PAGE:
Julia Creek

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Julia Creek
The Julia Creek camping ground is popular. Pic: Tourism Queensland

Whenever campfire discussion turns to which towns are the most welcoming to grey nomads, one name inevitably crops up again and again … Julia Creek!

The Outback Queensland settlement, 660 kilometres west of Townsville, is constantly held up as a shining example of what country communities can achieve when roll out the red carpet for caravanners and motorhomers.

The Julia Creek RV Friendly Rest Area offers self-contained vehicles a free 96-hour stay, and it’s a very popular stopover for nomads heading along the Flinders Highway between Mount Isa and Townsville.

Campers staying at the water’s edge beauty spot can relax, throw in a line or a yabby pot … and they’re even offered the free use of bicycles so they can ride into town and explore. McKinlay Shire also runs an RV Camp Host program from April to September. Perhaps most impressive of all is the way which the shire works with the Julia Creek Caravan Park for everyone’s benefit.  The van park hosts weekly bush dinners at which free campers are more than welcome.

With all this positive energy, it comes as no surprise to learn that travellers have voted with their wheels and the number of grey nomads discovering the town is booming. And there’s plenty to discover.

With a population of about 500, the township began life as a temporary terminus in 1907 when the railway was extended from Richmond to service the copper mines at Cloncurry. The town’s main industries are cattle, sheep, and mining.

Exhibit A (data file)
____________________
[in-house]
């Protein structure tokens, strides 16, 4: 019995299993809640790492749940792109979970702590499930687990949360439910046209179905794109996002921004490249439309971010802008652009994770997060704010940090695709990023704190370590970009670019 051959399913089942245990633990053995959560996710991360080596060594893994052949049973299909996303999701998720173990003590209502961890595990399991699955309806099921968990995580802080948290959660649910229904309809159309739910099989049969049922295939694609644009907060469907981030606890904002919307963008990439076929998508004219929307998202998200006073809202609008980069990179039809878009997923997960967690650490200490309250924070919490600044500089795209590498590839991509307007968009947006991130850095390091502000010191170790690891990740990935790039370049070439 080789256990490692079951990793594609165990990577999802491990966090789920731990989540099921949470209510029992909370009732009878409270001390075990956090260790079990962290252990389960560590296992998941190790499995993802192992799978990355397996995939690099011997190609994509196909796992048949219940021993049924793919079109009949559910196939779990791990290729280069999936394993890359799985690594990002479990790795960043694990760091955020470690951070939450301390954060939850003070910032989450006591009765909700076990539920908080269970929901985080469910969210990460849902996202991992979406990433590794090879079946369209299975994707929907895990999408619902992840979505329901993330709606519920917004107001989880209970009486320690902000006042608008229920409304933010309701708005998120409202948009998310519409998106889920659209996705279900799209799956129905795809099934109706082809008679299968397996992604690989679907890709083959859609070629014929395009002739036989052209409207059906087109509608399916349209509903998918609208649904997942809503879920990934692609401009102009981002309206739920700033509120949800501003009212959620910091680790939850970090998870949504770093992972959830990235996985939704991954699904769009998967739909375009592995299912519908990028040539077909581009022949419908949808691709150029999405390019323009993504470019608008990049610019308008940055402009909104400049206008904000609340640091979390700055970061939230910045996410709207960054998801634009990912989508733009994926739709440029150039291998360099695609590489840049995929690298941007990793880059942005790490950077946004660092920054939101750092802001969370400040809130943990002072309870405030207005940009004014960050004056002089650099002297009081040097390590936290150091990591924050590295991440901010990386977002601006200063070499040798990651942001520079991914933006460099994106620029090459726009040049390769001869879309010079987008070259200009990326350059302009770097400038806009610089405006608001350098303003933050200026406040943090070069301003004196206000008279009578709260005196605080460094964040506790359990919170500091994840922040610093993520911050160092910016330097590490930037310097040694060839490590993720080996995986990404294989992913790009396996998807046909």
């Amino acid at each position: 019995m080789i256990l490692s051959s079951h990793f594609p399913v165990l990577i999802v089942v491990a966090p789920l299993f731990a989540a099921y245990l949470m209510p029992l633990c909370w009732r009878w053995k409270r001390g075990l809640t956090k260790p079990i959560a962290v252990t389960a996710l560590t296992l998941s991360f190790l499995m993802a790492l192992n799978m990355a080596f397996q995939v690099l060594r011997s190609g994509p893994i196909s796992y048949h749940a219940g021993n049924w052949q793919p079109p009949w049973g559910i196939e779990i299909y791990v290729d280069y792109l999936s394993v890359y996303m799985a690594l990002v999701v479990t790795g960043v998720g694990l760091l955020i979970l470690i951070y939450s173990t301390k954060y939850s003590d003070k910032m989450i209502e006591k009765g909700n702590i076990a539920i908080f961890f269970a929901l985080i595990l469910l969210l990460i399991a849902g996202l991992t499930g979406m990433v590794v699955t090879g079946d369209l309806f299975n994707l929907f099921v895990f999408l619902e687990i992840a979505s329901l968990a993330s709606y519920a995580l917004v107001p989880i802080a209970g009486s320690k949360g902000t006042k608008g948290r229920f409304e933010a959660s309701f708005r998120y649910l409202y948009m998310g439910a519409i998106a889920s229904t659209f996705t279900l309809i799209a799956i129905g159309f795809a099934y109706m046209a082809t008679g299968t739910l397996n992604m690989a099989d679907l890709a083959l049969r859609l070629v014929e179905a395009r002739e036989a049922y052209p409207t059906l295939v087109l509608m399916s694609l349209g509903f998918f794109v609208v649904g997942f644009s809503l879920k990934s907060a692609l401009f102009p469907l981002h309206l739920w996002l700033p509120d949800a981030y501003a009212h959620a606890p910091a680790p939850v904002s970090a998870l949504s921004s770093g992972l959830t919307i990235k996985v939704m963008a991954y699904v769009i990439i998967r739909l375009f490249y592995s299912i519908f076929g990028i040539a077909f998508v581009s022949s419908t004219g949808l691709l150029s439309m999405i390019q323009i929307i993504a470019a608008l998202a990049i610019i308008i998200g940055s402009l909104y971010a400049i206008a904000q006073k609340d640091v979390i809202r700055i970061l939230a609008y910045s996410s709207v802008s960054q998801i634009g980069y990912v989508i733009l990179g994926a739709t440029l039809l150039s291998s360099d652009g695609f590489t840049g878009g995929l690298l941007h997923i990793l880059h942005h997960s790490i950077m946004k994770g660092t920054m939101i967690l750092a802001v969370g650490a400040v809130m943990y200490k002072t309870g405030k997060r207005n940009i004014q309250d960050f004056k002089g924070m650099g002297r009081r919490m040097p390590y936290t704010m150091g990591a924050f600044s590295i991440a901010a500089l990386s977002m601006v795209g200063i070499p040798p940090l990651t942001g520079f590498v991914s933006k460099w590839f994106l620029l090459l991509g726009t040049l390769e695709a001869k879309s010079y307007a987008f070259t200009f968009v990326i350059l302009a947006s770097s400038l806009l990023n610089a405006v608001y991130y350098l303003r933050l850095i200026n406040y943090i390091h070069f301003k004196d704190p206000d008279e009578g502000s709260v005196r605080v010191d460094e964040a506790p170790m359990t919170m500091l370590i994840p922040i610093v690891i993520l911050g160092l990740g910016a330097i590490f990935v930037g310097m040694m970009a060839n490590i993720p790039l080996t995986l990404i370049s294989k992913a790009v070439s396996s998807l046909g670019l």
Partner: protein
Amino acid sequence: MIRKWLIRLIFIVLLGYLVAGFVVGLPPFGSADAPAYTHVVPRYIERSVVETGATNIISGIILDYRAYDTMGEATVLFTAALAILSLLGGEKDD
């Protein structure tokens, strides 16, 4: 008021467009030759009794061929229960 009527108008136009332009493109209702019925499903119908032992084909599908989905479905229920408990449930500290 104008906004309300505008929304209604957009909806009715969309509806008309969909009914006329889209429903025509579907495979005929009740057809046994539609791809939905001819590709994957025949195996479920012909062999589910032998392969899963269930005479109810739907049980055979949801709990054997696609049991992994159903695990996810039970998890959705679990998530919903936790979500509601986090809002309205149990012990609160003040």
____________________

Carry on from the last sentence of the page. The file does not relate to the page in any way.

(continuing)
The mine at nearby Cannington produces silver, lead and zinc. The ‘At the Creek’ Visitor Information Centre is housed in historic railway fettler’s cottages and the innovative audio and visual displays bring the area’s rich history to life.

However, the best way to go back in time is to take the Julia Creek Historical Walk. Visitors can follow a map around the 36 signposted historical sites. Also well worth a look is the Duncan McIntyre Museum, the Opera House, and the remains of a WWII Directional Finding Installation bunkers at the western edge of town. These buildings served as a wartime navigational aid for pilots and were directly responsible for saving allied aircraft from destruction.

Visitors certainly won’t need any navigational aids to find the town’s distinctive 30-metre water tower, which is shaped like a wine glass. At night it is illuminated by blue feature lighting and can be seen from up to 20 kilometres away. The tower, which was built in 1971, allows the hot Artesian water to cool after it is brought up from the ground.

The spa at the caravan park is a great place to enjoy the relaxing properties of these naturally heated Artesian waters, and the park is also the starting point for a superb 45-minute nature walk trail. While many grey nomads choose to come to the ‘Gateway to the Gulf’ for the iconic Dirt n Dust Festival held every April, ultimately, what keeps them coming back is the unmatchable warmth of the welcome they receive here.

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